As a mother of two amazing children, I think Tuesday night had even more significance to me. To me, the world is a different place now than it was before Tuesday. The fact that now, as Zoe grows up and experiences this world, she will know that she can do anything. When I tell her that she can accomplish anything she wants and can be anything she wants to be, I won't have to wonder if her race or her gender are going to stand in her way. This election has shown us that in America, she can do anything. That doesn't mean it is going to be easy, or that she won't face obstacles. We still have a long way to go and she may have to work harder than others to get to where she wants to be. But a lot of barriers were broken down in this election, by both parties, and the world is a better place because of it. Today, I am so thankful for the lessons both my children can learn from this election; that they never will see the presidency as something that is only obtainable by white men, that they can believe that this is the land of opportunity where people truly can rise above their circumstances and show their greatness, that we live in a democracy where everyone has a voice and vote that matters and that can make a difference, that we can have confidence in the peaceful transfer of power as one president, one political party, steps aside for the next because that is what the people wanted, and that we live in the greatest nation on this earth, a country, not without mistakes and faults, but one where we can learn from the past and rise above our mistakes, always striving to be better.
I hope that as this election season winds down and we get back to our normal lives, we can come together to celebrate our common goals and ideals instead of concentrating on our differences. I hope that we can all appreciate that we just witnessed an historic election between two great men, that regardless of political differences, both truly love this country, and that we can remember that lesson. We can remember that even if we disagree politically, we can still agree that we love America and that we all want what we think is best, even if we disagree on what that is. And that is what makes this country so great; we can disagree and yet we can still all be friends. Some of us can be thrilled with the outcome of the election while others are immensely disappointed, but at the end of the day, we are all still American's, and in four more years we get to do this all again.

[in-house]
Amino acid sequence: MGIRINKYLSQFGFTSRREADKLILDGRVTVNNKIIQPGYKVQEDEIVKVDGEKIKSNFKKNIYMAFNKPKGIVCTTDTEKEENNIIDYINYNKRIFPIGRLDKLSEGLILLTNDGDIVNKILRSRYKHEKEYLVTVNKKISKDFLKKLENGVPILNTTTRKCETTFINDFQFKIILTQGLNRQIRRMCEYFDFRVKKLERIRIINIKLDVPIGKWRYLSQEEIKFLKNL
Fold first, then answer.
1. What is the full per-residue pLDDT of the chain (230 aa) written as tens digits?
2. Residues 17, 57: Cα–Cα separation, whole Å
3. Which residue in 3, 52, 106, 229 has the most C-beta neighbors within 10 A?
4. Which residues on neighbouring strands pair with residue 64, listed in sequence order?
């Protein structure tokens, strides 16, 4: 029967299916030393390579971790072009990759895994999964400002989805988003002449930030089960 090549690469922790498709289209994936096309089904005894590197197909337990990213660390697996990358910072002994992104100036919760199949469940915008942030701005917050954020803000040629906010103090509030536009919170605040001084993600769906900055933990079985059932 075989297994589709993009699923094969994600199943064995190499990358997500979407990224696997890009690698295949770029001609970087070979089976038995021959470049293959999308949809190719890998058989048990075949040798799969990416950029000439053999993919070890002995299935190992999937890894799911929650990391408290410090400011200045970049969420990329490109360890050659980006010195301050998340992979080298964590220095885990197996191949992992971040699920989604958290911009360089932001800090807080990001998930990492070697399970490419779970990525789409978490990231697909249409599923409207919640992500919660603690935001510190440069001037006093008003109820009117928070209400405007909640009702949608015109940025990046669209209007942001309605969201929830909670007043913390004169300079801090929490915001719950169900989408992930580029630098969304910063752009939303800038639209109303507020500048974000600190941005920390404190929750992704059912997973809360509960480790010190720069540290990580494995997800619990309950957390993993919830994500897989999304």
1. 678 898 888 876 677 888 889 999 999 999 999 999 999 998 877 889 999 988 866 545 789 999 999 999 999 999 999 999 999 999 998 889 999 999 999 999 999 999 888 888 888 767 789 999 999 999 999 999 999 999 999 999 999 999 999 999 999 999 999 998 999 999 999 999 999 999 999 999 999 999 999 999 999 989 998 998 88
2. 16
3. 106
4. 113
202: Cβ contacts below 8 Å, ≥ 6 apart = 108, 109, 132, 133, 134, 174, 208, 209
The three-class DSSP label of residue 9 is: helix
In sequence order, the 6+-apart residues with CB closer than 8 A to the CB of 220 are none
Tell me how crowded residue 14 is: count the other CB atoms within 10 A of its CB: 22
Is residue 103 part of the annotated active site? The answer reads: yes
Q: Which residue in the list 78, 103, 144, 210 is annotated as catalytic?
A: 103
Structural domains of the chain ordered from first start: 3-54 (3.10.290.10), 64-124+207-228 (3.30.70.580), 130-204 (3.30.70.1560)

I don't know for sure what President Obama's presidency will be like. I don't know what he will accomplish or where he will lead this country, but I have hope that it will be good, and I will pray for him that he will make the decisions that will lead this country in a direction it needs to go. And more than anything, I will pray to thank my Heavenly Father that I could be a part of all this and that I could live in such an amazing country. I am proud to be an American!